So basically a nice easy life. I’m signed up, for the weekend anyway and yes I’m excited and yes absolutely I’ll be taking lots of notes. Plus, by going to Copenhagen, I’ll feel like I’m stepping into the heart of East London’s design aesthetic. There can’t be many places left in the world now where you won’t stumble across a hotel/restaurant / co-work space/concept store that isn’t oozing that signature Danish look with clean, minimal yet cosy design, influenced by nature and functionalism. It’ll be like tasting Mr Kipling for the first time having only ever eaten a supermarket own-brand.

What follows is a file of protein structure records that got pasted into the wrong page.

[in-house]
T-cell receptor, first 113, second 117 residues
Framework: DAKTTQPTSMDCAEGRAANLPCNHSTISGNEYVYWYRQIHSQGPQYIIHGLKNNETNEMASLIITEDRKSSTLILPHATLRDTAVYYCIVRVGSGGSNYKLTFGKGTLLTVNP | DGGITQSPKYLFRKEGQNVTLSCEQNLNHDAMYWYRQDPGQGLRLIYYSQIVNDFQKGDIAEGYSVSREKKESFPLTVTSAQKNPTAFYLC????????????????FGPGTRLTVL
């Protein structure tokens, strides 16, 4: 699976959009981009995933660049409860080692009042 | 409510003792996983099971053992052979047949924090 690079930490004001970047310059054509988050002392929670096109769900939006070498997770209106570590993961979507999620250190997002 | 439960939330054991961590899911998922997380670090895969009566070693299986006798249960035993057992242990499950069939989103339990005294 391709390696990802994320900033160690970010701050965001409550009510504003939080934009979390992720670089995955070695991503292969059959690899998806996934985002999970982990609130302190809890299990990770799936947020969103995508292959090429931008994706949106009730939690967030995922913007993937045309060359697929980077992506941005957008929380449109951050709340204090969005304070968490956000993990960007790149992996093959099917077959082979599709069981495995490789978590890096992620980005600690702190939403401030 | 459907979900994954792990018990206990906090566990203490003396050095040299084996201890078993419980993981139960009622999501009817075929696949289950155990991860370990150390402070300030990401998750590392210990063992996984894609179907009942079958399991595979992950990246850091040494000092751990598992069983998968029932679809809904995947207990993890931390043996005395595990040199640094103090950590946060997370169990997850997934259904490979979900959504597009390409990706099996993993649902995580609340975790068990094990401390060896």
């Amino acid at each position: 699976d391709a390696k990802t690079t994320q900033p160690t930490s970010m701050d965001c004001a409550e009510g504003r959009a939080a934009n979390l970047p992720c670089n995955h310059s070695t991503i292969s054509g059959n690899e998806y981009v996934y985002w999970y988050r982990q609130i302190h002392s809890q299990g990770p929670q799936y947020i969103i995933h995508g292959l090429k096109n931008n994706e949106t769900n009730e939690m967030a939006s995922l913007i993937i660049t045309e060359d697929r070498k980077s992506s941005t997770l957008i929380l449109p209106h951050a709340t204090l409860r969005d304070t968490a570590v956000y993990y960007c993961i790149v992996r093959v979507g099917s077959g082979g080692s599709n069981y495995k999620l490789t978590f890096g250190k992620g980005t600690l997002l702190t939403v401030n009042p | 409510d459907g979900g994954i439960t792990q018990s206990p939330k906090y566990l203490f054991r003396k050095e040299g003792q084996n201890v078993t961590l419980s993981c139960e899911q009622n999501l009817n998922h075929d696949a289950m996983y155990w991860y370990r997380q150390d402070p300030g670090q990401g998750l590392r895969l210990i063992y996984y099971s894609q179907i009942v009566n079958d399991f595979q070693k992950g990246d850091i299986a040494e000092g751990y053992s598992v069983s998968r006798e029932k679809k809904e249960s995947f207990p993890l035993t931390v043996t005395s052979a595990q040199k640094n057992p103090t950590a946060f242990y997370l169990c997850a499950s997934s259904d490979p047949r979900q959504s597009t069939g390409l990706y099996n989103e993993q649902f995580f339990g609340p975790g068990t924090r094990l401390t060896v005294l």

And so here I am, on happy turf in Denmark’s incredibly demur capital city. It’s an instant feel-good hit on arrival. I’m staying on the edge of Vesterbro which apparently is a bit of a sexy hotspot for bars and restaurants. My home for my stay – The Grand Joanne Hotel. And it does feel like home. Not my home, but a super nice, well well-designed one with neutral tones and natural materials everywhere. It’s a simple elegance that I feel just by being in, is making me stand up straighter and breathe slower. Everyone is incredibly nice and welcoming which feels genuinely, genuine. There’s gorgeous art on the walls – actual pieces, not just stock prints, individual handmade chocolates in the room, and window seats where I can have my Lost In Translation moment.